MORE than a ribbon will be cut when Wolverhampton's new racecourse opens for business next June. The more meaningful severance will be with racing as we know it in Britain.
The vision of Richard Muddle, the track's chairman, is of floodlit Flat and trotting competition in surroundings with a closer alliance to greyhound racing than the Turf. After Wolverhampton holds its final jumps meeting of the season on 19 March things will never be the same again.
In the intervening three months Muddle hopes to have completed a pounds 15m rebuilding of the course which will include the construction of two new all-weather tracks, grandstands, housing, roads and business and conference facilities. The vision came closer this week after a meeting with the Department of the Environment left Muddle confident the pounds 5.7m grant aid the project needs to go ahead would be met to a large extent. 'We're off and running,' he said.
There will be no running on turf at Wolverhampton next season. Instead, spectators will watch harness races as well as more conventional competition, which the chairman refers to as 'galloping'.
'Our list of priorities is galloping on the all-weather, hard surface trotting and then turf racing, because we are gearing ourselves for entertaining people during their leisure time,' he said. 'And whatever happens you can certainly say there won't be any turf racing for two years.'
Trotting has met little favour in this country, but that does not bother Muddle. 'It's not really a question of whether it's galloping or trotting because what we are trying to achieve doesn't exist in this country,' he said. 'People enjoy horses and a race and something that gives them an opportunity to gamble. That's the criteria we're working on because we're looking towards the family.'
That means programmes mainly in the evening with racegoers watching floodlit competition more akin to Walthamstow. 'The first thing we do is build a restaurant a la dog track,' he said. 'If you try to book for one of the larger dog tracks I think you'll find a waiting list of anything up to nine months so that's obviously the type of entertainment people are looking for these days. We see what people get for pounds 10 in the pubs and clubs and we've got to compete with them. We're now in the leisure industry and we're confident we have a unique product.'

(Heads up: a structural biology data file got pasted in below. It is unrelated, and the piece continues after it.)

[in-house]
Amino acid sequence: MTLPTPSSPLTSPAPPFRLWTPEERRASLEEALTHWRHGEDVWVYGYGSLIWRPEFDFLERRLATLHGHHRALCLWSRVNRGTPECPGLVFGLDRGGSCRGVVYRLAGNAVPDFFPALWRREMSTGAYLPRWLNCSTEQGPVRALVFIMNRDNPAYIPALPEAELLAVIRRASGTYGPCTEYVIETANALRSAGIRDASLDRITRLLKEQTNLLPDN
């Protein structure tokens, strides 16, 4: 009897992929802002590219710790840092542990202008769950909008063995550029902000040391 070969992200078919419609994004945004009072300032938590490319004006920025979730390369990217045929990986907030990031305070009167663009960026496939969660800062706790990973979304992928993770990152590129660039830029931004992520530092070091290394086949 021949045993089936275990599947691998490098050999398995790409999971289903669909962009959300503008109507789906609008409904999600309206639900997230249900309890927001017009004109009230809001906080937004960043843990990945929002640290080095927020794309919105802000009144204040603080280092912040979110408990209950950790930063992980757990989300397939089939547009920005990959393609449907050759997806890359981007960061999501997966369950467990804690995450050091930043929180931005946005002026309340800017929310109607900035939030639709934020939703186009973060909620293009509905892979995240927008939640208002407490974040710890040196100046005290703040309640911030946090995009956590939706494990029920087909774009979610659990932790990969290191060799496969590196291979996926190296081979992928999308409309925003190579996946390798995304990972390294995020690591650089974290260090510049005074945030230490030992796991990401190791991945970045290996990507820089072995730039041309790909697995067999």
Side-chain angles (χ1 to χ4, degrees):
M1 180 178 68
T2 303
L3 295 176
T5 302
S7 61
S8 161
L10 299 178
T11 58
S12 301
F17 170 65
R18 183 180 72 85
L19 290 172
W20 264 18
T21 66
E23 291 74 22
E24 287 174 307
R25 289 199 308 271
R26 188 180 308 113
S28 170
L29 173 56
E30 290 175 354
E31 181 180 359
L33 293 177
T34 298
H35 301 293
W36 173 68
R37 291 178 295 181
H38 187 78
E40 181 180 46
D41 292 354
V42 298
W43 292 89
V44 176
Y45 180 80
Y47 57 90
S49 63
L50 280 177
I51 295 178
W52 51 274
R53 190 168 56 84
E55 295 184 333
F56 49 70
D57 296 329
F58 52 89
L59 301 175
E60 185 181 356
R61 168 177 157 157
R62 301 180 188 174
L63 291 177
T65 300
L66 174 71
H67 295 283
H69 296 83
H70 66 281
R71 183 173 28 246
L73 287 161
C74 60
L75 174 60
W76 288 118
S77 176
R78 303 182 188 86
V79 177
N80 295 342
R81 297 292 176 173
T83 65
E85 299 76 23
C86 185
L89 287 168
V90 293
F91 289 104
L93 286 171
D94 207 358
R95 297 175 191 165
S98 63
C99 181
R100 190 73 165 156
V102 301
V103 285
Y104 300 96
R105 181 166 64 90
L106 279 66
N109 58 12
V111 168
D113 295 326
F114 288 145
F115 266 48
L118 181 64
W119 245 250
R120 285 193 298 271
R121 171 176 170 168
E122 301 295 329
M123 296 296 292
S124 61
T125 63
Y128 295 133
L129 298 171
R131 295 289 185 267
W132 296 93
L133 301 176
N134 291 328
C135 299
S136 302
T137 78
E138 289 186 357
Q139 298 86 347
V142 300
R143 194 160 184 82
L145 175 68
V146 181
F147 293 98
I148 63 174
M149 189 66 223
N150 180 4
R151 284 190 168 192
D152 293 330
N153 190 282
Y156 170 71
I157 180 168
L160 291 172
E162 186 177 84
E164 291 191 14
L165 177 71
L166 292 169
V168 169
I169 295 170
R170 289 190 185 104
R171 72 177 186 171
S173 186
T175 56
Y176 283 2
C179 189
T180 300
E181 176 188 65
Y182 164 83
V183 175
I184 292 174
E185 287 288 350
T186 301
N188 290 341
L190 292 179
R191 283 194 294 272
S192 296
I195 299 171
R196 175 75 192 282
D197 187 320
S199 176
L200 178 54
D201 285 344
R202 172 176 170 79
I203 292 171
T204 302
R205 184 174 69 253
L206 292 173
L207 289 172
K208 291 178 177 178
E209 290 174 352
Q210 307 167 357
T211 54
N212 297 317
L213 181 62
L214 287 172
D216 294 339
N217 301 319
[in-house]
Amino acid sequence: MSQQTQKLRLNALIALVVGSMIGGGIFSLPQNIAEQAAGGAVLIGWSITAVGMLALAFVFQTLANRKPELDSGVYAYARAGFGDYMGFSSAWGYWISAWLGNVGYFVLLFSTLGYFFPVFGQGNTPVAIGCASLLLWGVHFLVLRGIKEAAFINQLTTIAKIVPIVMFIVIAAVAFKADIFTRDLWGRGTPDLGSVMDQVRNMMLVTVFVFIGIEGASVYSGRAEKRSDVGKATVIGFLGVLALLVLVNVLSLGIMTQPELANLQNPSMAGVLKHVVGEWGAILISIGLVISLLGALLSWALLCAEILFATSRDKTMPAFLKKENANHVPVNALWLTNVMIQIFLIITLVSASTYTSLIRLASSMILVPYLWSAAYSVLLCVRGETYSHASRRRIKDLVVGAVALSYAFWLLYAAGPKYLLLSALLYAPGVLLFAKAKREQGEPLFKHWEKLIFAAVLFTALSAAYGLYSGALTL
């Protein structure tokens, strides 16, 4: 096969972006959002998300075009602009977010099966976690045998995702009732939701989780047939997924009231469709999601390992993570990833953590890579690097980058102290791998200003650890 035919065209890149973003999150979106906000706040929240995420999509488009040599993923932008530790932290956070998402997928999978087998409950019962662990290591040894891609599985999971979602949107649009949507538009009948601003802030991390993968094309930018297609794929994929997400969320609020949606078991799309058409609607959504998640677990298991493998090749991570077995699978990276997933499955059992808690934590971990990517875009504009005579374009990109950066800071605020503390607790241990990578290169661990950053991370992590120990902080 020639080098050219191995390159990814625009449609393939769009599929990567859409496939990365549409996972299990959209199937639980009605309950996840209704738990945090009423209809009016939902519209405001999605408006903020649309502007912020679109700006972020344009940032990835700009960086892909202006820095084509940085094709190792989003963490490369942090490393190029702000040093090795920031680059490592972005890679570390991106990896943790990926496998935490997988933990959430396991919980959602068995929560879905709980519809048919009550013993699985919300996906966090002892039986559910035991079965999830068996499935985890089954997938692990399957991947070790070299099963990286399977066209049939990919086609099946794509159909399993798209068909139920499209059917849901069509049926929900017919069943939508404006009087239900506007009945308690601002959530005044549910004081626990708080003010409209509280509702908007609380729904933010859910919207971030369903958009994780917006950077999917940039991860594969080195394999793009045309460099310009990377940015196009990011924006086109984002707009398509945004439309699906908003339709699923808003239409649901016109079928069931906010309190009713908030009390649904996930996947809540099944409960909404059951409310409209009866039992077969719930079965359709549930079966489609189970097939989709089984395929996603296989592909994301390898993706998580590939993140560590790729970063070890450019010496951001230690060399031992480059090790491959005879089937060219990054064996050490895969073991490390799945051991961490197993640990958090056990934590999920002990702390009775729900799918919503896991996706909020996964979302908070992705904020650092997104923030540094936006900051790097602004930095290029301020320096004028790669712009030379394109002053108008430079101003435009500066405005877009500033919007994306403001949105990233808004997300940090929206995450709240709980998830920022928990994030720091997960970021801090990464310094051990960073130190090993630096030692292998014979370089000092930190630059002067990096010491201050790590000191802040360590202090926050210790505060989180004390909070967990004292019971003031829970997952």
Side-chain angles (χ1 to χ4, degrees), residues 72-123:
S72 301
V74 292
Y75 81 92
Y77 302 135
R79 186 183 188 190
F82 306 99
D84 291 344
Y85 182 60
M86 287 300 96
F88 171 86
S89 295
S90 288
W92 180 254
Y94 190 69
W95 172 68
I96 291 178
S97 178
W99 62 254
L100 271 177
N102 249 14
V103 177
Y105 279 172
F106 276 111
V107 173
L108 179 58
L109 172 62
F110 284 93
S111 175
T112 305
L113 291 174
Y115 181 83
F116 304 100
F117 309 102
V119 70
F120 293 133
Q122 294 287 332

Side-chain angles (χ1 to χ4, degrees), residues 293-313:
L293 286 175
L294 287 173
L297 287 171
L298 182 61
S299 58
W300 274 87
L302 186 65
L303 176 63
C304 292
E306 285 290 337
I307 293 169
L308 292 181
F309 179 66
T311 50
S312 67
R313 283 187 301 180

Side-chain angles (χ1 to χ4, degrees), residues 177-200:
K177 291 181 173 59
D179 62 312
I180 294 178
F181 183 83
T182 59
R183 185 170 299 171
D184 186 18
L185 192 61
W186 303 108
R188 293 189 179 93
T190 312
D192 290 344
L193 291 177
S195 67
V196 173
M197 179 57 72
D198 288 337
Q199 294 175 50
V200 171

And a product which Muddle hopes will please the bookmakers. 'We will be looking to get floodlighting in for next winter when racing tends to finish between three o'clock and four o'clock. The betting shops have nothing to gamble on in the second half of the afternoon and we could carry on racing from three o'clock until six o'clock if necessary with a late- afternoon programme.'
Muddle's attempts to satisfy popular culture have not endeared him to racing's purists. 'Someone described the whole thing, in a damning article, as the Muddle circus,' he said. 'I think that's the biggest compliment we've been paid.
'Although we don't want to lose sight of the purpose we were put here for, horseracing, we must realise it's a totally new ball game for the public now. I want us to be set apart from the formality of horseracing. Racing really does need to become a people's sport and here I think we have a recipe for an enormously successful venture.'
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